But we think about, and deal with, the problems we're faced with, and comparisons like that seem to make it harder to face all but the most egregious problems. Sure, a lot of things are comparatively worse than unjustified acts of violence by white Americans against black Americans. But if that's the logic you follow, anything else that's comparatively less of a problem doesn't deserve attention either, and eventually you'll wind up whittling down your focus to one or two things.

CNu said...

With black people in powerful positions now, including one that, up until 2009, no black person had ever held before, there seems to be a new, very important question - figuring out what the responsibilities of black people in power should be

Adam, I consider that to be a reality evasion of sorts. Frankly, I don't care that much about what "people in power" do or don't do with regard to matters that will effect me personally. From where I sit, the more pressing question for folk in the breech of "what this way comes" - in a context of increasing fiscal austerity and actual pressing scarcity - is what must I do right now to shore up my own practical resilience?

Shocking language, so long as it brings greater awareness of that psychological trauma and its connection to older horrors to the surface, is fine by me.

That shocking language should be reserved for those continuing and tangible sources of threat and instability which undermine the personal and collective resilience of black folk in America.

IMOHO - intra-ethnic point sources are doing a great deal more damage to the fabric of black folks lives at this juncture than any other external cause.

On the political front, with states like Colorado and Washington overthrowing the drug prohibition and the 40 year long War on Drugs (which has played itself out as a counterinsurgent and socio-economic war on young black men) from a grassroots level - I feel far more confident that the wisdom of the crowd is going to take care of this impractical and unsustainable responsibility of people in power.

As for the people in power themselves, we should always be mindful of the fact that they do not work in our interest, but rather work pursuant to their own mendacious and fundamentally self-serving interest.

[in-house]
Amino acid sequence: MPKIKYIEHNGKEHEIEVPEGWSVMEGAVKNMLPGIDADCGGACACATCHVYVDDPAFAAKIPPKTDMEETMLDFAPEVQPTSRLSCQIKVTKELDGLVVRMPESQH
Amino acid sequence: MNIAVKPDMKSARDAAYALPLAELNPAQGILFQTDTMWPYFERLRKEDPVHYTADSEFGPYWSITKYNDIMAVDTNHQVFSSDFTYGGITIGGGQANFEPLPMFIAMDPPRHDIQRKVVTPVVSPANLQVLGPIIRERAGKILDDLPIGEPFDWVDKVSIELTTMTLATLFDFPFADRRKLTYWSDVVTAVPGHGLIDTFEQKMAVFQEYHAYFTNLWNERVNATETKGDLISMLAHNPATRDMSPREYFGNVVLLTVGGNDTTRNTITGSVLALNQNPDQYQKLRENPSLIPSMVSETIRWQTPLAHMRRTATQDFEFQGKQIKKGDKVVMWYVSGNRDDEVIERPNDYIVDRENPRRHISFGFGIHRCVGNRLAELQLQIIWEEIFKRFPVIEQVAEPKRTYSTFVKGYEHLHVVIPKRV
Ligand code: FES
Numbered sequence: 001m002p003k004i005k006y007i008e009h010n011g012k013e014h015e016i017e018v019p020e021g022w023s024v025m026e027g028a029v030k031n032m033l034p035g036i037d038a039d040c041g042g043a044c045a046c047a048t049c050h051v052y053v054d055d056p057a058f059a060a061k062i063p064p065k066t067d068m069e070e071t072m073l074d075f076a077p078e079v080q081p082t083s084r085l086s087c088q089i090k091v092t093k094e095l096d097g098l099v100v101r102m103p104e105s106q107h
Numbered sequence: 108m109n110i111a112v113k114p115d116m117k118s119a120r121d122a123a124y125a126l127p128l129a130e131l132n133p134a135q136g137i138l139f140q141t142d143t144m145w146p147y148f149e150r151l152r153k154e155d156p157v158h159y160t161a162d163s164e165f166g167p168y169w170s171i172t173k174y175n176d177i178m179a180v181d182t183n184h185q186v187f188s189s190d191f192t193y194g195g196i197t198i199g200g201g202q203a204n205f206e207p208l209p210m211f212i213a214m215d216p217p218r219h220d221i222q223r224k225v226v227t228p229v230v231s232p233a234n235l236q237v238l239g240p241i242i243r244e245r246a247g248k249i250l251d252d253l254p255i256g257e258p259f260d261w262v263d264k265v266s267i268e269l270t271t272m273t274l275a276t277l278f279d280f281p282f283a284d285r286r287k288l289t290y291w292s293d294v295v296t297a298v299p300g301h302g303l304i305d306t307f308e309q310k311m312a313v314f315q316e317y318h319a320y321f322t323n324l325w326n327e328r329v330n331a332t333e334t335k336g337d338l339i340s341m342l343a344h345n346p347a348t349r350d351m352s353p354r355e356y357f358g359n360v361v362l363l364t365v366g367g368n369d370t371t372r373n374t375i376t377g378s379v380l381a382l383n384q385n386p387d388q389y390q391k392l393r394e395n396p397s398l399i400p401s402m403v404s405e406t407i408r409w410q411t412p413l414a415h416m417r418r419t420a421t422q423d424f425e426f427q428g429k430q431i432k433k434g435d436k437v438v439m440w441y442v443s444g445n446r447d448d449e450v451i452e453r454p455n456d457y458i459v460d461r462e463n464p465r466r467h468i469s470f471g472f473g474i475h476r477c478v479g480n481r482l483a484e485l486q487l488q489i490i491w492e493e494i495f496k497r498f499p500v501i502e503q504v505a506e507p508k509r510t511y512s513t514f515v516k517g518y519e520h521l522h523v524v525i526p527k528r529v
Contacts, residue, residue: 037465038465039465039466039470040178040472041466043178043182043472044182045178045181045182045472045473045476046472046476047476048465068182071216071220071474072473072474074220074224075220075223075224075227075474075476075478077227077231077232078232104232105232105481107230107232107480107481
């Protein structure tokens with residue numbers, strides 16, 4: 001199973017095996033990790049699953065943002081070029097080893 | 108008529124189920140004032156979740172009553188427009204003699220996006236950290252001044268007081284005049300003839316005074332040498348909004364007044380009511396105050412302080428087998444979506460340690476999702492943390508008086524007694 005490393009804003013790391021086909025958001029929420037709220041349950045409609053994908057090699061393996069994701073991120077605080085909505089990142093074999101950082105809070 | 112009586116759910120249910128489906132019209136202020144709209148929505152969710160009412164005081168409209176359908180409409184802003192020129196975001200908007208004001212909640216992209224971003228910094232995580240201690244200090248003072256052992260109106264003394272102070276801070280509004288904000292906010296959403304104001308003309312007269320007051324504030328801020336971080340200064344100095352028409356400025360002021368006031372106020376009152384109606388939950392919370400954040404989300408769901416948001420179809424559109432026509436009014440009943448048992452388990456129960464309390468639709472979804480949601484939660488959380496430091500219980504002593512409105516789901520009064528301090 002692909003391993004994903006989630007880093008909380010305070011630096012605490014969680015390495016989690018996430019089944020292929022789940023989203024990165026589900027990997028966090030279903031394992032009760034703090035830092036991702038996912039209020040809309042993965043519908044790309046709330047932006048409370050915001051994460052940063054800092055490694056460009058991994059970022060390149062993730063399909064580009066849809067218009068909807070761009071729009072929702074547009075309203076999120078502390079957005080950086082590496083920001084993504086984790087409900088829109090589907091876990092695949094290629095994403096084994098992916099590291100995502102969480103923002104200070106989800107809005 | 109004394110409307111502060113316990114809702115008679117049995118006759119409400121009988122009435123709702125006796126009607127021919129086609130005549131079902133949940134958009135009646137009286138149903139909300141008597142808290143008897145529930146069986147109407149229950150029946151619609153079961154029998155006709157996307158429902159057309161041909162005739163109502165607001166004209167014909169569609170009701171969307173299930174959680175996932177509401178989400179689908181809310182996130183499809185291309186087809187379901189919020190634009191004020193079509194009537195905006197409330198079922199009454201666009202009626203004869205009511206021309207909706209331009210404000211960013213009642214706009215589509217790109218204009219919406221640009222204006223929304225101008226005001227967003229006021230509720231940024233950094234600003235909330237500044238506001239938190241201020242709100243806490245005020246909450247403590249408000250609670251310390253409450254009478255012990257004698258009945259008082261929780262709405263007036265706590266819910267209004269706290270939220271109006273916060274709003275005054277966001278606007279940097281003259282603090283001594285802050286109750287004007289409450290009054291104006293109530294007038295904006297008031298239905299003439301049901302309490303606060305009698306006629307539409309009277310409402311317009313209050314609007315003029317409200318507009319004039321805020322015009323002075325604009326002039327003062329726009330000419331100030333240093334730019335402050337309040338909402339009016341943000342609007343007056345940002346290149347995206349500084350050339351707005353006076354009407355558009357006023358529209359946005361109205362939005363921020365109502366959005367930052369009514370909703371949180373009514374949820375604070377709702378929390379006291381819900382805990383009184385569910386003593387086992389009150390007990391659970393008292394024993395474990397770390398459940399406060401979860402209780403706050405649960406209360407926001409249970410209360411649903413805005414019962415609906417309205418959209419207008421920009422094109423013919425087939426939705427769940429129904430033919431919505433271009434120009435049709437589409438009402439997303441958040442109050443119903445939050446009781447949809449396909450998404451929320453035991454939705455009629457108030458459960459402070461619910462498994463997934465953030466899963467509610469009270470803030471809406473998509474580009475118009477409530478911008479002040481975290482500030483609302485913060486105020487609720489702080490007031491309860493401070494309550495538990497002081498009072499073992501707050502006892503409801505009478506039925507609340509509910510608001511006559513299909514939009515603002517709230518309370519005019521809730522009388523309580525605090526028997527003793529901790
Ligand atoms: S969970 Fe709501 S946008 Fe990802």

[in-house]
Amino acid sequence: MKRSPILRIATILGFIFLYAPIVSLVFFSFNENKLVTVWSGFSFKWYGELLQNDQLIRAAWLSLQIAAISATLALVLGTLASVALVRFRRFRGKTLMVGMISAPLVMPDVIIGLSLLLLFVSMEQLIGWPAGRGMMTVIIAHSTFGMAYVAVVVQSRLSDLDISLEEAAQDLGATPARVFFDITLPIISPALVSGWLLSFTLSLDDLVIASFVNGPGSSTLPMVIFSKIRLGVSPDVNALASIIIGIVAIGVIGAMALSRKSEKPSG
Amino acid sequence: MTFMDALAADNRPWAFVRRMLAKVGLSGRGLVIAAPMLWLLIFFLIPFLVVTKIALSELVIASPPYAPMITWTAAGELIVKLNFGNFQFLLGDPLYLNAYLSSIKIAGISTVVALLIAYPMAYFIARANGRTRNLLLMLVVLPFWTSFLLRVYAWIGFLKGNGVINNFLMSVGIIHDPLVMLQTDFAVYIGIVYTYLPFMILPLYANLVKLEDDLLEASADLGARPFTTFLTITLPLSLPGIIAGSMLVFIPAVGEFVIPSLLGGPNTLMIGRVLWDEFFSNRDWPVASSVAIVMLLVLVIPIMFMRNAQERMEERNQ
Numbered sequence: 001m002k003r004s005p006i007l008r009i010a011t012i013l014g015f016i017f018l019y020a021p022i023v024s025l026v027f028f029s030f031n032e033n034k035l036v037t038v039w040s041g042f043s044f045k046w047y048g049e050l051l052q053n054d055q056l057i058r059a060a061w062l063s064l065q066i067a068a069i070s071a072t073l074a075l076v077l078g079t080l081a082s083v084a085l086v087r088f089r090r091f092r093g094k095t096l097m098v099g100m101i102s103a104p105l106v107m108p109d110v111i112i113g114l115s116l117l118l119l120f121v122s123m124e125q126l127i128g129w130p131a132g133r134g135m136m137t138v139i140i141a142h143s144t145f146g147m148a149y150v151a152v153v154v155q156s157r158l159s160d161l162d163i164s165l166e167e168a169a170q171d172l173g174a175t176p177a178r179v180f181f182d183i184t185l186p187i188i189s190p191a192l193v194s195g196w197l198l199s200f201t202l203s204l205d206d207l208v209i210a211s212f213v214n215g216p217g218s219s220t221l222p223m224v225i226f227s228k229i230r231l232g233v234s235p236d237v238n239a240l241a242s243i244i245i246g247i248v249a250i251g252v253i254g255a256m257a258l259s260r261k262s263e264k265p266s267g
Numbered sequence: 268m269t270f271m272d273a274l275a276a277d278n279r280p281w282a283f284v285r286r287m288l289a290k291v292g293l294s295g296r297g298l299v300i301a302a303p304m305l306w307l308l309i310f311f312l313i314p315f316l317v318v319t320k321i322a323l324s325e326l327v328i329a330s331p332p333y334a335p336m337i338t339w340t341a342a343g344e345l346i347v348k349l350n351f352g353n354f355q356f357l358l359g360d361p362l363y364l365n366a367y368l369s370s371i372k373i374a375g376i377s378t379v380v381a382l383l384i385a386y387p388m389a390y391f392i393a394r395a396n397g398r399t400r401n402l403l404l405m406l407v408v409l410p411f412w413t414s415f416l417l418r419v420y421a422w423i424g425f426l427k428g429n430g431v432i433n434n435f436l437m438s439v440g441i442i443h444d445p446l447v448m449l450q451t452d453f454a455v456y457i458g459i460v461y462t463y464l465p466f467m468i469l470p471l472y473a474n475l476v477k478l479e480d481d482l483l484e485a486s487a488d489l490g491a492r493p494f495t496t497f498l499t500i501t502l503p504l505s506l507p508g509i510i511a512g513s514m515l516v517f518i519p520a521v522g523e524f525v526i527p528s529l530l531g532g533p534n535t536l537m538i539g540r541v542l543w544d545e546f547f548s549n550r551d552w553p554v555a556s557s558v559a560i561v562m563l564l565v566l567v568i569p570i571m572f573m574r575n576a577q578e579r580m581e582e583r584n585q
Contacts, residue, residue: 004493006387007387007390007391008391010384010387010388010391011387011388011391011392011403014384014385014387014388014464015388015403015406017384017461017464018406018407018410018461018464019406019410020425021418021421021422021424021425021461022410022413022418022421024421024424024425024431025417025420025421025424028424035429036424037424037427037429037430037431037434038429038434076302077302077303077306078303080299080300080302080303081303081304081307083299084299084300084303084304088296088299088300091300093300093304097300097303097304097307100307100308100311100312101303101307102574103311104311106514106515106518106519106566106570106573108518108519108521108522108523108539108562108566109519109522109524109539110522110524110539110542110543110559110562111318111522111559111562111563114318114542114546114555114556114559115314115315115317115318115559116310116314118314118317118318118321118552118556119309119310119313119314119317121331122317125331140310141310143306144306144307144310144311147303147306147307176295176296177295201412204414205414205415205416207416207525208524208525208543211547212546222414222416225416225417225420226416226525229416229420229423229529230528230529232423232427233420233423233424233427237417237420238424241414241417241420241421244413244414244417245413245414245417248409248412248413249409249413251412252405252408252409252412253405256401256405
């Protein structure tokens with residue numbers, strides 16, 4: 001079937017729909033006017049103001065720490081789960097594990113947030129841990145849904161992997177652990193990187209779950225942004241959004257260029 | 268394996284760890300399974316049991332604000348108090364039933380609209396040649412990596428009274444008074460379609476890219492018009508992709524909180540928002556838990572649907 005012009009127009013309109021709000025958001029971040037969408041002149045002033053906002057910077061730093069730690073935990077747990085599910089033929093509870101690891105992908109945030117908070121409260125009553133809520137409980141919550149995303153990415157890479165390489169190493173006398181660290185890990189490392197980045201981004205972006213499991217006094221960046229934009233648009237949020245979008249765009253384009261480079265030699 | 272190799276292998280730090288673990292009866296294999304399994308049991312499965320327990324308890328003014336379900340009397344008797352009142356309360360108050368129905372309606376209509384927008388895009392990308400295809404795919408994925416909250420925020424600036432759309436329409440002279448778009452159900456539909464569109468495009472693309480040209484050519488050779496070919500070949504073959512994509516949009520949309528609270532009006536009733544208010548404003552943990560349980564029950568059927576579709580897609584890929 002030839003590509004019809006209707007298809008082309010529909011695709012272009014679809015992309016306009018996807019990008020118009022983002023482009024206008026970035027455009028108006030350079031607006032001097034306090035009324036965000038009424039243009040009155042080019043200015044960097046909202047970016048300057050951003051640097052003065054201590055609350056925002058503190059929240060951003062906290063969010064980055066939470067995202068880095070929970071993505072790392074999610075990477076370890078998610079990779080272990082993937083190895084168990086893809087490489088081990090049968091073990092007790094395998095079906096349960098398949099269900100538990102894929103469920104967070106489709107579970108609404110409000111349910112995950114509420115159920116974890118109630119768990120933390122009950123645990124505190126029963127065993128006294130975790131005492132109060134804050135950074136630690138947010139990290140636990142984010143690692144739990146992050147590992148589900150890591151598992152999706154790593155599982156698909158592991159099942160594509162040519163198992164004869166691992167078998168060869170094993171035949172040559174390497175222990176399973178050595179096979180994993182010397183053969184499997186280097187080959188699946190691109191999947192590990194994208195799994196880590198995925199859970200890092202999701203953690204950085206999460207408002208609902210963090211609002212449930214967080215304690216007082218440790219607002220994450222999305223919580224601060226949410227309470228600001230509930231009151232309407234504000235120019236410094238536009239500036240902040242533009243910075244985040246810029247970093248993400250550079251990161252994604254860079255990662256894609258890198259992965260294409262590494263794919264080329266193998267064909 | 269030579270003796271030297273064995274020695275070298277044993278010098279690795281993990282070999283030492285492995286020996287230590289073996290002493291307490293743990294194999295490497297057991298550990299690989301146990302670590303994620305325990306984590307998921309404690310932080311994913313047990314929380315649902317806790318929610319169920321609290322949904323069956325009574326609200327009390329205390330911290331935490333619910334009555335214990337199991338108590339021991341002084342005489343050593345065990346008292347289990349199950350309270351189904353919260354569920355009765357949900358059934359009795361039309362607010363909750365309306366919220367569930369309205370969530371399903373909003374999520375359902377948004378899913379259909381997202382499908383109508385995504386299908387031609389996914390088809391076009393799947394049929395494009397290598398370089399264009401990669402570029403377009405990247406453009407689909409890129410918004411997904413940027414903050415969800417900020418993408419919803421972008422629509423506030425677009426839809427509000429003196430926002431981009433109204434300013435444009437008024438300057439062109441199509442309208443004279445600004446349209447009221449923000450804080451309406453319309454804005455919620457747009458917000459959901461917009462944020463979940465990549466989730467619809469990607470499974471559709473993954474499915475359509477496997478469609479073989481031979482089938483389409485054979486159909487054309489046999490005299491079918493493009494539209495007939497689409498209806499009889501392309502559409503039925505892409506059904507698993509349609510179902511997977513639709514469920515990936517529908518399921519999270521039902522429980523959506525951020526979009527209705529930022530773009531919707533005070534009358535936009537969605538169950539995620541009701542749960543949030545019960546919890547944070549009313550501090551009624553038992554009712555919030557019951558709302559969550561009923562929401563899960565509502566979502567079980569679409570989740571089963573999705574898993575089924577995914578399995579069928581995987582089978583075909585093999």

CNu said...

Sure, a lot of things are comparatively worse than unjustified acts of violence by white Americans against black Americans. But if that's the logic you follow, anything else that's comparatively less of a problem doesn't deserve attention either, and eventually you'll wind up whittling down your focus to one or two things.

Physical security and food security are two things which have vast implications on a personal and communal level. Those are the two things that all po folk in America need to be about before anything else at this juncture.

adamabroad said...

Marx had it right re: poor people when he talked about how people's views are limited by economic imperatives - if you're food-insecure and at risk of physical danger most of the time, those are, appropriately, the most important things to care about. But if others aren't in that situation, is it acceptable for them to care about other things as well? For example, are preventive measures like ensuring greater access to higher education, the undisputed best way to guarantee that people get out of poverty, things that deserve attention?

I'd still argue for those sorts of pursuits. People who are lucky enough not to be part of the most at-risk groups may be able to multitask to some degree. Or the more socially conscious people can decide for themselves which issues to try to tackle based on their talents and emotional connection to the issues, which seems likely to produce better results (and a stronger sense of satisfaction for the activists in question) than any sort of conscription to a certain problem or set of problems.

CNu said...

So, you're in the Ukraine right now as a medium-term, deeply engaged visitor. To what extent - if any - is the financial contraction (collapse) now roiling across the PIGS being felt in the Ukraine?

What is your perception of financial contraction(collapse) in those countries?